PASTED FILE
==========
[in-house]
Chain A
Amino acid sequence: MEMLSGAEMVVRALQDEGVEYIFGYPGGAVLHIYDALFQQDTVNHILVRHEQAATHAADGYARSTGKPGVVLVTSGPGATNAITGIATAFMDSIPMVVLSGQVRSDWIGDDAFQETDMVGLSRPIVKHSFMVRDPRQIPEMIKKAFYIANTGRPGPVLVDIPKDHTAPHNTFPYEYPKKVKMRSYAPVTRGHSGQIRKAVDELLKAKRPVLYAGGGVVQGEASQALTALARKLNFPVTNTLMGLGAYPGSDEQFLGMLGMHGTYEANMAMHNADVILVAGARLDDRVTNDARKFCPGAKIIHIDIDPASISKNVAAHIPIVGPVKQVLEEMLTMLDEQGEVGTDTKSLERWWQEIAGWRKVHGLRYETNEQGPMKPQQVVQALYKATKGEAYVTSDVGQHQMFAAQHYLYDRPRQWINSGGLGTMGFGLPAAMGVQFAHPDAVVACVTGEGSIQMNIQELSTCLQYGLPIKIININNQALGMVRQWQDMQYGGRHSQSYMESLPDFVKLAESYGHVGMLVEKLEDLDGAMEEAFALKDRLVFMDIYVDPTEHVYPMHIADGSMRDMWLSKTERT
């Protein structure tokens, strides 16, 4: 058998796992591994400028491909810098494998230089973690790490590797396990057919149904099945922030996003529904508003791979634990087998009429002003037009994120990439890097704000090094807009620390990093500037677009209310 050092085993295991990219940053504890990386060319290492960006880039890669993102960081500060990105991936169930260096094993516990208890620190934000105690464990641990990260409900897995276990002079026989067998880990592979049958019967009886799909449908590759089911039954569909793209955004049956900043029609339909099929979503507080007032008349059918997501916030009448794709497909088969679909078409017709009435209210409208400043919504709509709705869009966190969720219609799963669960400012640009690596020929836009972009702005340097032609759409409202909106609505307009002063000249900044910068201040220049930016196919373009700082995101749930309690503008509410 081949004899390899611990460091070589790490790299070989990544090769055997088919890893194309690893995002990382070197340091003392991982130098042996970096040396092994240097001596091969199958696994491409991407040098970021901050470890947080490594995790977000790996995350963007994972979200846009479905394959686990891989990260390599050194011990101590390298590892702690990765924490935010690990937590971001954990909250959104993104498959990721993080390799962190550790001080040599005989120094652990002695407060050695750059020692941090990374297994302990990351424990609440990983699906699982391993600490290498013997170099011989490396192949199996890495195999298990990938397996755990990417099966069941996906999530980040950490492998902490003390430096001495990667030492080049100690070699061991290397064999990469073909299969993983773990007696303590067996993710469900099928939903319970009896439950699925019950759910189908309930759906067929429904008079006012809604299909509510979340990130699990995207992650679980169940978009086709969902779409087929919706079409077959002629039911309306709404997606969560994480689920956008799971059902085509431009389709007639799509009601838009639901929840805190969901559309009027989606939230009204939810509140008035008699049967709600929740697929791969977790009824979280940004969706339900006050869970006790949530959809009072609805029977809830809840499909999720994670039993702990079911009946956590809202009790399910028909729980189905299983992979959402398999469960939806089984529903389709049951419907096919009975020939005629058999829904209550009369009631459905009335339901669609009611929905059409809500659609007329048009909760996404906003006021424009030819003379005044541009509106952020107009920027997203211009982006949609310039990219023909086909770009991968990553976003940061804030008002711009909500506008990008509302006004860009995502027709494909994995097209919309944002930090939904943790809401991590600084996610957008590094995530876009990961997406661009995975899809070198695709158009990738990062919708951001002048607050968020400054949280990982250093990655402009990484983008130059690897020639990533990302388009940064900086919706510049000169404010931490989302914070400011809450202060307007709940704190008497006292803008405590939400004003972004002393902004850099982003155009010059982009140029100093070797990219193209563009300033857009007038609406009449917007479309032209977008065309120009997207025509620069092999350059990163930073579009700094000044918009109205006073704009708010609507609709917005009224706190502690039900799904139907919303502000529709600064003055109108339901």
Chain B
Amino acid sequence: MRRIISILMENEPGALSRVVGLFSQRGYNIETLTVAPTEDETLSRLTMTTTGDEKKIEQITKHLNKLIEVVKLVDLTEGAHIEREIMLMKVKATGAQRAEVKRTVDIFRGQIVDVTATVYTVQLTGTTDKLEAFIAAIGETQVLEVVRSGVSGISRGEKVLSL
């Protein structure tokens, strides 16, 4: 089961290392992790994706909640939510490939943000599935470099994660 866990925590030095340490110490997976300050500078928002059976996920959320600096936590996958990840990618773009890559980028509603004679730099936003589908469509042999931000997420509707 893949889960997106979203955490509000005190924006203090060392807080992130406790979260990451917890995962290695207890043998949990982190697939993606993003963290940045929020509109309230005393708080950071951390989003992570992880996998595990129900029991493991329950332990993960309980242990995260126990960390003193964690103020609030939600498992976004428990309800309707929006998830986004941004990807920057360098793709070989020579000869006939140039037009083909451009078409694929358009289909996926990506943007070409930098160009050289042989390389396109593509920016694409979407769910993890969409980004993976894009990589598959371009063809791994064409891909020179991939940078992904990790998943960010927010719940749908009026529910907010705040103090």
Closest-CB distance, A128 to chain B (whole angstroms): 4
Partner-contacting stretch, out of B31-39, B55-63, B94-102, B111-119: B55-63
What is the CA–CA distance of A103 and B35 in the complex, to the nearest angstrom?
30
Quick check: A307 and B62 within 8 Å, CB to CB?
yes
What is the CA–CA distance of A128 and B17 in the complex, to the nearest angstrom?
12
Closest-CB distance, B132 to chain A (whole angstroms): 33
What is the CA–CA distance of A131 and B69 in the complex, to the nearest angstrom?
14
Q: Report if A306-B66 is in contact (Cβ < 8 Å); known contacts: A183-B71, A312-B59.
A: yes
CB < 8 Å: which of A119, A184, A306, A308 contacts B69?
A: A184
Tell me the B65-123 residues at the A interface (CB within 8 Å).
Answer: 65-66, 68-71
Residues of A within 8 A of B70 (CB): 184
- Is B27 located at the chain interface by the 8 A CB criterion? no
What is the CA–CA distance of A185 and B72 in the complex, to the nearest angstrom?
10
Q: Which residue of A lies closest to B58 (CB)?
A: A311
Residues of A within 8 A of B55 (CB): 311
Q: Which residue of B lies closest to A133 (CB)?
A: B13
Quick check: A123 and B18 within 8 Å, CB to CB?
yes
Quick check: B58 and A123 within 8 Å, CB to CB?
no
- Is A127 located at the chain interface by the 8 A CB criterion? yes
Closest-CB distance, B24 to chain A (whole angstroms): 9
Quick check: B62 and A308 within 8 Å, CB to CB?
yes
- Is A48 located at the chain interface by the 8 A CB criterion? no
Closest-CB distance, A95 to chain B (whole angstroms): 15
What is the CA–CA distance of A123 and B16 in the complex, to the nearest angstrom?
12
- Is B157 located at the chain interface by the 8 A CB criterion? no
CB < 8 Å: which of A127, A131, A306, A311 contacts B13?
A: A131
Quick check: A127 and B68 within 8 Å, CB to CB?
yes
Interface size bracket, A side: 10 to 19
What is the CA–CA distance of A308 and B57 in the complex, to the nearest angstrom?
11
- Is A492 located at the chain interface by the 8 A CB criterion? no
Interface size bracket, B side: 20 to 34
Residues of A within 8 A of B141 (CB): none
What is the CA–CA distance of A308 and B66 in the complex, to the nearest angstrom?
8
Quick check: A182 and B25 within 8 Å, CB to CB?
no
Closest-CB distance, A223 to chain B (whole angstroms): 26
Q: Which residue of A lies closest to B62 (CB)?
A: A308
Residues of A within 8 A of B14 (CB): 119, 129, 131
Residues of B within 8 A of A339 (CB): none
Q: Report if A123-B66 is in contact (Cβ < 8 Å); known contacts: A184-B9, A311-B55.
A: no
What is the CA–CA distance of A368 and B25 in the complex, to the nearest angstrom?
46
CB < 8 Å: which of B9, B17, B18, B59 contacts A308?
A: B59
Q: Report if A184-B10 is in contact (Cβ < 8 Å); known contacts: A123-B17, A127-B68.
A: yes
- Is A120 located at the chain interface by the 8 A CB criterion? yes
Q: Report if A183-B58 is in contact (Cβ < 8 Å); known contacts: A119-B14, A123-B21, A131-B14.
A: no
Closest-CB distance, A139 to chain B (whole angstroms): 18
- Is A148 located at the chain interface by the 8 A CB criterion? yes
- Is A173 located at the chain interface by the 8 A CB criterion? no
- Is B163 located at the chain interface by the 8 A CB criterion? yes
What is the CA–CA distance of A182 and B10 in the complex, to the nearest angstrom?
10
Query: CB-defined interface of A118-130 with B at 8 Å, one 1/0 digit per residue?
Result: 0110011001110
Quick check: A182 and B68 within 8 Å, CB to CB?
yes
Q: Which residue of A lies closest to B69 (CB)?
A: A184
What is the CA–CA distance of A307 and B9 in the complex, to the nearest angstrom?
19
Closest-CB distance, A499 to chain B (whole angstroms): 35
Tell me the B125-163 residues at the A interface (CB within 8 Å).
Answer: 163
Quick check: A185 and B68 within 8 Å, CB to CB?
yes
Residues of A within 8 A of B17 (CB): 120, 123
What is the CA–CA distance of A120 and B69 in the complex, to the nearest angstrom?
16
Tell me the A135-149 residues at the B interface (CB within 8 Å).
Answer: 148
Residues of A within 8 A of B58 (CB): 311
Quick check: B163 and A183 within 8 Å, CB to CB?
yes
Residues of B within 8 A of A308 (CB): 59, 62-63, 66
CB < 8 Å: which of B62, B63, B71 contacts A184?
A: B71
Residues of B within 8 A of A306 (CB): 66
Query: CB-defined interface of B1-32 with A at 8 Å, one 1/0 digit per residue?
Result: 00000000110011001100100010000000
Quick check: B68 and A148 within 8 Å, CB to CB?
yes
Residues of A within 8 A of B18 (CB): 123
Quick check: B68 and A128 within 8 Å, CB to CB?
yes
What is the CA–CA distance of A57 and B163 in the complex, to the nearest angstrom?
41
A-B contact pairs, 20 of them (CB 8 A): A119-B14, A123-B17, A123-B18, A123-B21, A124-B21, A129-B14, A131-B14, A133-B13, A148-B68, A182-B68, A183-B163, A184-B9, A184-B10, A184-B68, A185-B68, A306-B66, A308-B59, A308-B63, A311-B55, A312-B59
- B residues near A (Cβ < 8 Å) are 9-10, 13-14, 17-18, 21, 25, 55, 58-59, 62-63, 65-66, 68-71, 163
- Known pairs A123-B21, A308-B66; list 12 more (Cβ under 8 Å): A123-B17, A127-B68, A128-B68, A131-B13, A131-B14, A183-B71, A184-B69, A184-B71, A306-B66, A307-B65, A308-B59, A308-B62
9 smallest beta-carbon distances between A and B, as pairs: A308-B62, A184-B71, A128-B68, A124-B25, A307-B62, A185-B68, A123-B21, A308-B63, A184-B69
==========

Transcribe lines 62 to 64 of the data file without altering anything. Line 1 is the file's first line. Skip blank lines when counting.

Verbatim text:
Q: Which residue of A lies closest to B62 (CB)?
A: A308
Residues of A within 8 A of B14 (CB): 119, 129, 131